by Adam Cohen . . .
Currently playing at Goodspeed Opera House in East Haddam this fabulous concoction is certain to become a staple of holiday theater offerings. Light, festive, romantic – this bauble from a talented team is solid entertainment.
Based on the 1945 Barbara Stanwyck film, the show features excellent witty songs with music by Jason Howland and lyrics from Amanda Yesnowitz. Writer Liz Sandor (Audrey Cardwell), fresh off the train to New York City, has big dreams. This small town dreamer hopes to make an impact on the world with articles that showcase women as independent, capable beings who can do more than cook a roast and raise a family. After being rejected from every magazine for writing exactly what the publishers want least, she meets editor Dudley Beecham (Raymond J. Lee). Beecham has a column that needs a writer and together they concoct an identity for Liz as a happily married homemaker with great recipes and home-making perfect marriage tips.
The column takes off quickly moving from monthly to weekly with Liz attracting readers across America – including the armed forces. When a decorated war hero Jefferson Jones (an abashedly good natured Josh Breckenridge) is invited for Christmas at Liz’s Connecticut farm for publicity and additional articles, high jinks ensue. Liz and Dudley have to quickly get her a husband and baby or their goose is cooked.
Armed with her recipe providing chef buddy Felix (a pert and warm-hearted James Judy) and enlisting the help of Dudley’s brother Victor (stoic but impish Matt Bogart) and housekeeper Norah (Tina Stafford) the ruse comes to life. But can Liz and Dudley keep the secret and ensure their success. Will love blooming risk the whole enterprise? The whole thing turns out happily and in style with lightweight charm for audiences of all ages.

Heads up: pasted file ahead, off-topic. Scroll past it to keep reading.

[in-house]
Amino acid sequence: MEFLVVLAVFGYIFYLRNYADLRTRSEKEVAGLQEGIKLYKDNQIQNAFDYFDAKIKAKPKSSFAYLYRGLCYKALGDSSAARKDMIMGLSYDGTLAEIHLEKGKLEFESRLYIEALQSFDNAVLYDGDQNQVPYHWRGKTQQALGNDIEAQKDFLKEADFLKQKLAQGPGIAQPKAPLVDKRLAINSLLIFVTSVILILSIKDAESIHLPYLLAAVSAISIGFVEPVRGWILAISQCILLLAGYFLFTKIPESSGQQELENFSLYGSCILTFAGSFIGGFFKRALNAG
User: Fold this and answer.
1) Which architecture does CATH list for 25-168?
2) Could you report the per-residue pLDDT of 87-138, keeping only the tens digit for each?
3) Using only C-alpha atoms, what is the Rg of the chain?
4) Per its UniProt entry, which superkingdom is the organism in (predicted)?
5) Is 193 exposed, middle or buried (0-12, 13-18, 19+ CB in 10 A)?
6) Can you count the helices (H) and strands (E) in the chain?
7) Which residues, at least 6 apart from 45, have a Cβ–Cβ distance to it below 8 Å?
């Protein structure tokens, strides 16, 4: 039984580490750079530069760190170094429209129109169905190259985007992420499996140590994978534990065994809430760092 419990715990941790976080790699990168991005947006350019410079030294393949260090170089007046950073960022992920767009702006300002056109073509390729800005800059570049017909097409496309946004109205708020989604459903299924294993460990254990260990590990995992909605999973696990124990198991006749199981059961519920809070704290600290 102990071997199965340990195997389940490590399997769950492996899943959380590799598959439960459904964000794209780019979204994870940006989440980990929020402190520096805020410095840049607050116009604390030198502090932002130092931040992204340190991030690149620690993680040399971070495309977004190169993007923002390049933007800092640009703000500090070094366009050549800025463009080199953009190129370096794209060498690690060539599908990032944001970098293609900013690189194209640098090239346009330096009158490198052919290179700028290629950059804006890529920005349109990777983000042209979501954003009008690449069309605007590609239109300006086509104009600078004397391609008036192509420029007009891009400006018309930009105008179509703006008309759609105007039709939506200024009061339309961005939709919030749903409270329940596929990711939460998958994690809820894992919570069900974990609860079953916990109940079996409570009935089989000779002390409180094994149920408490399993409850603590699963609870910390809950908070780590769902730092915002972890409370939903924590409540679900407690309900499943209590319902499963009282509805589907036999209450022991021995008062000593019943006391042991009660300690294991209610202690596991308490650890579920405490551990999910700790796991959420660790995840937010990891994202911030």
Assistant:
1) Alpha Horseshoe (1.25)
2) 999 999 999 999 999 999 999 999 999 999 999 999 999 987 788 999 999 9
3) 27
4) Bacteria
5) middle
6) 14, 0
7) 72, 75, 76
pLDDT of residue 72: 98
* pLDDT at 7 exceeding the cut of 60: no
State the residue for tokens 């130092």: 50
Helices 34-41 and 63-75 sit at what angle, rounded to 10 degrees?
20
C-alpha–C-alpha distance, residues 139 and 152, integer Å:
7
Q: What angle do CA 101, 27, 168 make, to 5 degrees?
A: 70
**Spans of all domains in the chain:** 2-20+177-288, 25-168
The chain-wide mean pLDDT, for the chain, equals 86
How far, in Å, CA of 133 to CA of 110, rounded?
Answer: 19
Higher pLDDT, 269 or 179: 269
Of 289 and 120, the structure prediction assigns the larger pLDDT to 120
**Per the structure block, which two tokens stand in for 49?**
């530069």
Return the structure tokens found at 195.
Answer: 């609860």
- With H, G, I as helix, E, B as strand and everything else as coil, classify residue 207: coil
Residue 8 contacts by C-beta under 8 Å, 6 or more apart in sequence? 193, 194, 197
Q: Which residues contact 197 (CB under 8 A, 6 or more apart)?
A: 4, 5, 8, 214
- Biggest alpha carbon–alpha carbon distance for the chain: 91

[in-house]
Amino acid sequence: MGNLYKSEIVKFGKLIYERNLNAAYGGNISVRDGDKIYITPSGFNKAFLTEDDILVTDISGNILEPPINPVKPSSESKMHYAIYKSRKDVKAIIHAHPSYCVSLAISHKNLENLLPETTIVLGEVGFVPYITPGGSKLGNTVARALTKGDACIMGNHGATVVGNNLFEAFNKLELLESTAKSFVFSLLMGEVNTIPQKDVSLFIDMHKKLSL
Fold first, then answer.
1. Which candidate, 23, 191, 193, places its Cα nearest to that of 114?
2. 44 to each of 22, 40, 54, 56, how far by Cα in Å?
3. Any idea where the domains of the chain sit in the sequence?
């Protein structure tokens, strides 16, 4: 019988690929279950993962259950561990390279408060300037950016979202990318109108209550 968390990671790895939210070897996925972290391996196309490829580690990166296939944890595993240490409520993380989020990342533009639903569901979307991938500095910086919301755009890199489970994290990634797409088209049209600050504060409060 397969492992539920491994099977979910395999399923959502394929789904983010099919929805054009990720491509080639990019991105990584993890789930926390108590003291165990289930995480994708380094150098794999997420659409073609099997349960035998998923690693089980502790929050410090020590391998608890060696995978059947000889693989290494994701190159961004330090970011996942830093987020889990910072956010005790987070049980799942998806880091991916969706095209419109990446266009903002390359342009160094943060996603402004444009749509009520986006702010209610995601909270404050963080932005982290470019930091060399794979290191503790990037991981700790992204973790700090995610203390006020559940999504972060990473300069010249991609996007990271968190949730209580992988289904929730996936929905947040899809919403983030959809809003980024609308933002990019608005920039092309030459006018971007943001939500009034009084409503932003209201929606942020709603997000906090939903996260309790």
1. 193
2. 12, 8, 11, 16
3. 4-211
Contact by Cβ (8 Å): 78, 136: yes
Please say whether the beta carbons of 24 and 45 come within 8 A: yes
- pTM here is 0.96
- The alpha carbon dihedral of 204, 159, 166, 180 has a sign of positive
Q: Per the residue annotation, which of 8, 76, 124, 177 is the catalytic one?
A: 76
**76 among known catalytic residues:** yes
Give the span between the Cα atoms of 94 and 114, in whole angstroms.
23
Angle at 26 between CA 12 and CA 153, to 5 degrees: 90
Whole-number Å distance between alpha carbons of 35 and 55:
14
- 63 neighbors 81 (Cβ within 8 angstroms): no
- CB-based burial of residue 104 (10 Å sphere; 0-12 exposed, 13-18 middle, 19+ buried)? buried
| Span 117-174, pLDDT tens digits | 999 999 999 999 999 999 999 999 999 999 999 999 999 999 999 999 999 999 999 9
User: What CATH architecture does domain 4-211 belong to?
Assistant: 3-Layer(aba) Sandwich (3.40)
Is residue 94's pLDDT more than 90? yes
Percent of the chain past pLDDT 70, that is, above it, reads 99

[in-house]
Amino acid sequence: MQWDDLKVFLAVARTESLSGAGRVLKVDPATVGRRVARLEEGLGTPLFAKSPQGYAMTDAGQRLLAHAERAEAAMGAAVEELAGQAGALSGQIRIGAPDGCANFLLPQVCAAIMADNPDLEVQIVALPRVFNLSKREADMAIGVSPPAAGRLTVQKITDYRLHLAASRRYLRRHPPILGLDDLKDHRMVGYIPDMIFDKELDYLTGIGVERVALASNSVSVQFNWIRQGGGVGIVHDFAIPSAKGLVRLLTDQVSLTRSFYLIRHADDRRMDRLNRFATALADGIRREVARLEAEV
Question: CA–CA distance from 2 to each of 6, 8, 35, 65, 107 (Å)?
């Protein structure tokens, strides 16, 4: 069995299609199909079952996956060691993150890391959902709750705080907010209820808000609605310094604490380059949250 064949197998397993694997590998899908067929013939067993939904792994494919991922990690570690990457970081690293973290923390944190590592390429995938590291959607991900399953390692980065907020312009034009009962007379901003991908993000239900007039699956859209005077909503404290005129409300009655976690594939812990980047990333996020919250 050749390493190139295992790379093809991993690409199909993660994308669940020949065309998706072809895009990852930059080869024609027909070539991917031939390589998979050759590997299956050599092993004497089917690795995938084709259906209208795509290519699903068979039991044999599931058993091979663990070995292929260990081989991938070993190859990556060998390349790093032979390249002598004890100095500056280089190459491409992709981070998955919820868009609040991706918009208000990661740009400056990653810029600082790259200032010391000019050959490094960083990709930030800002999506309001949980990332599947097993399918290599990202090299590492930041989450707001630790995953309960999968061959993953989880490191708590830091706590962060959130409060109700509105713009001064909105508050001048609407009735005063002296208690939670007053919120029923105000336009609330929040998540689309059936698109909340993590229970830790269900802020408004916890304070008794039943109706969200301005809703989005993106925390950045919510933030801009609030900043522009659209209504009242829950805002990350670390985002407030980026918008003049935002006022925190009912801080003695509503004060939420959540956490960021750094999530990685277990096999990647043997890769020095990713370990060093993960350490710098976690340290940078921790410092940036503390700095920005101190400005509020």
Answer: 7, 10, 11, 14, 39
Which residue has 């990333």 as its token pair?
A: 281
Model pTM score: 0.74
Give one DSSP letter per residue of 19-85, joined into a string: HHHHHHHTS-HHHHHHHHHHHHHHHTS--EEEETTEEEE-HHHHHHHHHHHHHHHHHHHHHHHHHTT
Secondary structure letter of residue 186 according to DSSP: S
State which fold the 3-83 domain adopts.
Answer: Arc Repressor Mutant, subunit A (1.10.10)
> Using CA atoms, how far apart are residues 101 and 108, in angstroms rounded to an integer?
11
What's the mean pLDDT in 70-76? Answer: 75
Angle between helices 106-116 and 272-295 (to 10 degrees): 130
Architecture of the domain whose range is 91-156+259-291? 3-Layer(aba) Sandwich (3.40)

This delightful, funny, urbane musical comedy – with a book from Patrick Pacheco and Erik Forest Jackson – will absolutely make you laugh. This accomplished production has zippy direction by Amy Anders Corcoran. Lawrence E. Moten III has created a clever set (including a lovely realistic sepia-toned New York City drop curtain) that seamlessly moves the action from New York City to a nicely modest Connecticut farmhouse.
The cast is top-notch dancing finely honed (choreography by Marjorie Failoni) with lovely singing all around. The finale is a compelling new holiday classic – “May You Inherit.” Cardwell makes a great Liz – sardonic at points but also winningly charming as she gets herself deeper into her new persona. She’s gifted with an array of strong numbers that firmly establish her character (“Tomorrow’s Woman” and evolution over time and ruse (“Recipe for Success” and “I’m Not Eleanor”). That she and Lee (dapper and buoyant) can woo so many into the scheme is a credit to their persuasive skills. Stafford has a nicely daffy manner especially as she must remember all the lies to go along with the scam.
Audiences will be equally wowed and pleased by an original offering not a variation of ‘A Christmas Carol’, ‘It’s a Wonderful Life’ or ‘The Nutcracker’. The ensemble’s winning chemistry ensures a good time with fine performances and excellent charm.
Tickets and more information at Goodspeed.org. Performances now through December 30th.
Photos: Diane Sobolewski